Surgical Errors & Med Mal: What Else Can Be Done?
Side Note: Wrong-site, wrong-person surgeries are totally preventable –in theory. What we are finding is that despite “universal protocols,” and massive education efforts, major, even deadly, surgical errors are still occurring in alarming numbers. What are we learning about this physician liability?
In 2006, the Agency for Healthcare Research and Quality requested that a study be done to determine the number of wrong-site surgeries. Reviewing data from one medical malpractice insurance carrier from 1985 to 2004, they found out that wrong-person, wrong-body part, or wrong-procedures were performed in one out of 112,994 procedures.
This report, combined with the Joint Commission introducing a “universal protocol” in 2004 for surgery, should bring proper focus to the problem, right? The protocol developed uses various processes and procedures to ensure that wrong-site/body part/procedures don’t take place. How is it going, you may ask?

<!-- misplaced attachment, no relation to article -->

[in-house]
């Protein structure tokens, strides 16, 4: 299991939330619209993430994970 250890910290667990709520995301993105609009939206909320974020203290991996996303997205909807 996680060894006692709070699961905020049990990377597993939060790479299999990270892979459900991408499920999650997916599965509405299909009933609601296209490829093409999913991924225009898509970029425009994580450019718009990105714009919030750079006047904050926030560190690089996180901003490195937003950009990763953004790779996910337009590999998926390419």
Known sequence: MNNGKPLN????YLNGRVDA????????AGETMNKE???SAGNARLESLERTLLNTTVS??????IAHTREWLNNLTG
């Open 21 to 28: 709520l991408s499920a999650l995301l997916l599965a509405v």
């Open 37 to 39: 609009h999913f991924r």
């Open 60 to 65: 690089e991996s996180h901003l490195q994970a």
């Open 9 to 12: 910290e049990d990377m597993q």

Well, the problem is that even the best, most well-designed protocols have one problem –they need to be followed by humans. A recent study published in the Archives of Surgery found that the errors were still occurring, and tried to determine why. The results were not that surprising: one hundred percent of the cases had communication errors take place and errors in judgment also occurred in 85% of cases. While no one would debate that better communication is key, it is tough to know exactly what to do next to reduce this medical malpractice liability. Suggestions?
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Surgical Errors Continue Even With Improved Safety Measures
Posted: July 9, 2011
July 09, 2011 /24-7PressRelease/ — In 2006, the Department of Health and Human Services’ Agency for Healthcare Research and Quality commissioned a study to determine the prevalence of wrong-site surgeries.
The report examined wrong-site surgeries reported to a medical malpractice insurance carrier between 1985 and 2004, finding that surgeries are performed on the wrong person, wrong body part or using the wrong procedure once in every 112,994 operations. With the proper protocols, the study also found that wrong-site surgeries are completely preventable.